Crop–Weed Competition


Competition from weeds is the most important of all biological factors that reduce agricultural crop yield. This occurs primarily because weeds use resources that would otherwise be available to the crop. The magnitude of yield loss is affected by numerous agronomic and environmental factors, most importantly, weed density and time of emergence relative to the crop. Practices that (1) reduce the density of weeds, (2) maximise occupation of space or uptake of resources by the crop or (3) establish an early‐season size advantage of the crop over the weeds will minimise the competitive effects of weeds on crops. Longer term management of crop–weed competition can be achieved through crop rotations, specifically crop sequences that reduce the weed seed bank, and therefore seedling density, and prevent proliferation of perennial weeds.

Key Concepts

  • Plant growth requires sunlight, water and nutrients, which in turn are converted into biomass that captures additional resources.
  • In crop or weed monocultures, increasing density increases total production to a maximum that is determined by the resource status of the site, generally with a corresponding decrease in per plant mass.
  • In crop–weed mixtures, increasing weed density results in large initial reductions in crop yield, again reaching an asymptote of maximum yield loss that varies among crop species, environments and weed cohorts.
  • Farmers manage crop–weed competition by (1) reducing weed density (i.e. ‘weeding’), (2) establishing an early‐season competitive advantage to the crop and (3) maximising resource capture by the crop using competitive species, competitive cultivars, high sowing densities, optimal spatial arrangement, intercropping complimentary species or transplanting.

Keywords: agroecology; crop yield loss; inter‐specific; interference; weed management

Figure 1. Annual weeds interfere with pumpkin harvest and reduce fruit yield. The abundant seed rain ensures an abundant weed population in future years. Photo: E. Gallandt.
Figure 2. The effects of plant density on biomass in single‐species populations (monoculture). At very low densities, there is no competition and total biomass increases linearly with density (a). As density increases, competition becomes important and the increase in biomass is less than proportional to density (curved part of graph a). At high densities, further increases in density do not lead to any increase in biomass (Law of Constant Final Yield). The effects of density on mean individual plant biomass are best illustrated with a log–log plot (b). The proportional increase in total biomass with density at low densities on graph (a) corresponds to the flat part of graph (b). The flat part of graph (a) corresponds to the linear decrease (slope = −1) on graph (b).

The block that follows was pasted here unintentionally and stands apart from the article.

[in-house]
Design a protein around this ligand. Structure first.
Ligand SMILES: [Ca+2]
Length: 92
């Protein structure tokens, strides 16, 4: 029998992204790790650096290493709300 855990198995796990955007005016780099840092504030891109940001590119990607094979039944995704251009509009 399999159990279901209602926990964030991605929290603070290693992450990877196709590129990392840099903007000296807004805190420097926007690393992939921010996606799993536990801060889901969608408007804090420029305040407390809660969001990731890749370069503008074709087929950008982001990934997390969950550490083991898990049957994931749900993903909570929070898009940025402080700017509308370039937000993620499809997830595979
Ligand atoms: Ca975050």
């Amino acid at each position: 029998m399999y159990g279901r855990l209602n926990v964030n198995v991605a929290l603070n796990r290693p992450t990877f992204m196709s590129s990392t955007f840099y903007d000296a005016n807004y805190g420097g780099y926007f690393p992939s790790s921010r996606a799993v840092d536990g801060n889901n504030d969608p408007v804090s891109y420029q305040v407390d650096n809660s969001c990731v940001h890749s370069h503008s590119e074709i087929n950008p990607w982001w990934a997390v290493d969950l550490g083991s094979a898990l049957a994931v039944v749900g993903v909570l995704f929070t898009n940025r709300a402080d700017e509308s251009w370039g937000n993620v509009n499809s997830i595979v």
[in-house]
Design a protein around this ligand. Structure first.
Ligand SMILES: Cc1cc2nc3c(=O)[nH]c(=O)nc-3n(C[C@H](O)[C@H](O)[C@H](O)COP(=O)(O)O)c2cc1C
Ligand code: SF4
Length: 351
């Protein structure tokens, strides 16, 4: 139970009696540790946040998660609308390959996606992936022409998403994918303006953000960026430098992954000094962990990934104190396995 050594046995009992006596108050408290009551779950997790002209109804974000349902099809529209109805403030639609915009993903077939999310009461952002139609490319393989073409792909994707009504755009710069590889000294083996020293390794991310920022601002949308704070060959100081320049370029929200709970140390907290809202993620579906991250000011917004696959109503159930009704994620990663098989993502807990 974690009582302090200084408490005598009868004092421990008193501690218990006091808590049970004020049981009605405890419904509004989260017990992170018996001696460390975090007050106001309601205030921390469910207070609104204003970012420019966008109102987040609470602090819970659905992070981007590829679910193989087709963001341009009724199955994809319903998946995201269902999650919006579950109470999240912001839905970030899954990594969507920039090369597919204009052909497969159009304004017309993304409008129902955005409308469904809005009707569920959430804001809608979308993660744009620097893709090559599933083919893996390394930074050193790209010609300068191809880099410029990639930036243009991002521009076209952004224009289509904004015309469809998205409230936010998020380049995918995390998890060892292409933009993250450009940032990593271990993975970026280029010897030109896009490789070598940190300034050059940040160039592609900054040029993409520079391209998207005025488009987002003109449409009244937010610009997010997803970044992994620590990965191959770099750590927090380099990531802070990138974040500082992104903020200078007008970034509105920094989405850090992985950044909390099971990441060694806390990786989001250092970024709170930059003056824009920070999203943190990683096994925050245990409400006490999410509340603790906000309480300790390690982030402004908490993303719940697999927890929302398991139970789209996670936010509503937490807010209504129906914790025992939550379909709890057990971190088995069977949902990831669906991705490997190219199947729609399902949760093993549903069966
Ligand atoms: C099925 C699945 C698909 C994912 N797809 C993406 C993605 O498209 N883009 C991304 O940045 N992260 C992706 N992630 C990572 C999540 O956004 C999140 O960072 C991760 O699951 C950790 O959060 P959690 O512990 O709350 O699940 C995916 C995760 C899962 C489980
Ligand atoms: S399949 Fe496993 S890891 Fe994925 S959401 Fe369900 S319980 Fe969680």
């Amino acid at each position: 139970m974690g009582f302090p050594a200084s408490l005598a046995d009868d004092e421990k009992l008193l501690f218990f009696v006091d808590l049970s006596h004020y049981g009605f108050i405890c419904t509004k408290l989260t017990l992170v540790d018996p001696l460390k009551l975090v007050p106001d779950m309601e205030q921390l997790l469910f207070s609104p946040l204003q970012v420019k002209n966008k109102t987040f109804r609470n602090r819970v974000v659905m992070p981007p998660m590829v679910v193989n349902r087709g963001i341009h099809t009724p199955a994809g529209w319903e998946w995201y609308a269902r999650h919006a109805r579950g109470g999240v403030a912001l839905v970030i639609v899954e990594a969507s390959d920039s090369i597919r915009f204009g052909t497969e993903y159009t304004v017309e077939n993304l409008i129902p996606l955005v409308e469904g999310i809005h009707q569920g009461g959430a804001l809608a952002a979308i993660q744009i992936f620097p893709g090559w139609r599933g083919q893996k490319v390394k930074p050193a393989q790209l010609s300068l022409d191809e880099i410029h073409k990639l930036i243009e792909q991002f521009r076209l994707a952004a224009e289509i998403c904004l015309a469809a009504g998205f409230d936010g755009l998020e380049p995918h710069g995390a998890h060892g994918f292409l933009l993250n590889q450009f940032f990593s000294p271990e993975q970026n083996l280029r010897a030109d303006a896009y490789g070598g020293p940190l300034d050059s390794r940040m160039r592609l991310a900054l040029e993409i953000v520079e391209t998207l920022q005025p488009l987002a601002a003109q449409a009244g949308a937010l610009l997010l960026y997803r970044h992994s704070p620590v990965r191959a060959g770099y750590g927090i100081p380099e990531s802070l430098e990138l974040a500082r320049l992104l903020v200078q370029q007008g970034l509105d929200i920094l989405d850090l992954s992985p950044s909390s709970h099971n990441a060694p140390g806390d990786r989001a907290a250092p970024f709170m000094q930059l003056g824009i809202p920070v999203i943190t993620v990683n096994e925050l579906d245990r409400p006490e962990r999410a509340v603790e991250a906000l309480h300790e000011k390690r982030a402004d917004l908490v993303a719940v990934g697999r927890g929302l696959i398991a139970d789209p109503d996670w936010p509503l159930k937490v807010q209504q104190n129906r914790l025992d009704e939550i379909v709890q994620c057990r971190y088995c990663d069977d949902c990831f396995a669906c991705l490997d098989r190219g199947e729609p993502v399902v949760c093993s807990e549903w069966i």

Figure 3. The right‐rectangular hyperbolic model relating crop yield loss to weed density (Cousens, ). Crop yield loss = i*N/1+((i*N)/A) where N is the weed density; i and A fit parameters with i representing the slope as N approaches zero and A the slope as N approaches infinity.
Figure 4. Results from an experiment designed to determine the ‘critical period’ for weed control. Data from two complementary experiments are plotted on the same axes. Results from one experiment show cabbage yield when the crop is maintained weed‐free for 0, 1, 2, 4, 6 and 14 weeks. Results from the second experiment show cabbage yield when the crop is unweeded for 0, 2, 4, 6 and 14 weeks. Weeds present for only a short period of time have no effect on yield, and the end of the critical period marks the point at which the crop has a sufficient size advantage to be unaffected by subsequently emerging weeds. (Data from Miller and Hopen, 1991 © Allen Press Inc.)
Figure 5. Effect of sequence of seed sowing, and resulting sequence of seedling emergence, over 10 consecutive days on space, estimated as proportional to biomass, occupied by individual plants. Panels show the randomly selected positions in which seeds were sown, and the area occupied on days 4, 8, 12, 16 and 20. Seedlings from seeds sown on days 7 through 10 occupy very little space which have been pre‐empted by earlier‐emerging individuals. (Adapted with permission from Harper (1977). © Academic Press Inc.)


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Further Reading

DeWit CT (1960) On Competition. Wageningen, The Netherlands: Institute for Biological and Chemical Research on Field Crops and Herbage, 82 pp.

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Kropff MJ and van Laar HH (1993) Modeling Crop‐Weed Interactions. Wallingford: CAB International, 304 pp.

Liebman M, Mohler CL and Staver CP (2001) Ecological Management of Agricultural Weeds. Cambridge, UK: Cambridge University Press, 532 pp.

Radosevich SR, Holt JS and Ghersa CM (1997) Weed Ecology, Implications for Management, 2nd edn. New York: John Wiley & Sons, Inc, 589 pp.

Tilman D (1990) Mechanisms of plant competition for nutrients: the elements of a predictive theory of competition. In: Grace JB and Tilman D, (eds). Perspectives on Plant Competition, pp. 117–141. San Diego, CA: Academic Press.

Zimdahl RL (1980) IPPC #31‐A‐80, (ed). Weed‐Crop Competition, a Review. Corvallis, OR: International Plant Protection Center, 196 pp.

Zimdahl RL (2004) Weed‐Crop Competition: A Review, 2nd edn. Ames, IA: Blackwell Publishing 32 pp.

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Gallandt, Eric R, and Weiner, Jacob(May 2015) Crop–Weed Competition. In: eLS. John Wiley & Sons Ltd, Chichester. [doi: 10.1002/9780470015902.a0020477.pub2]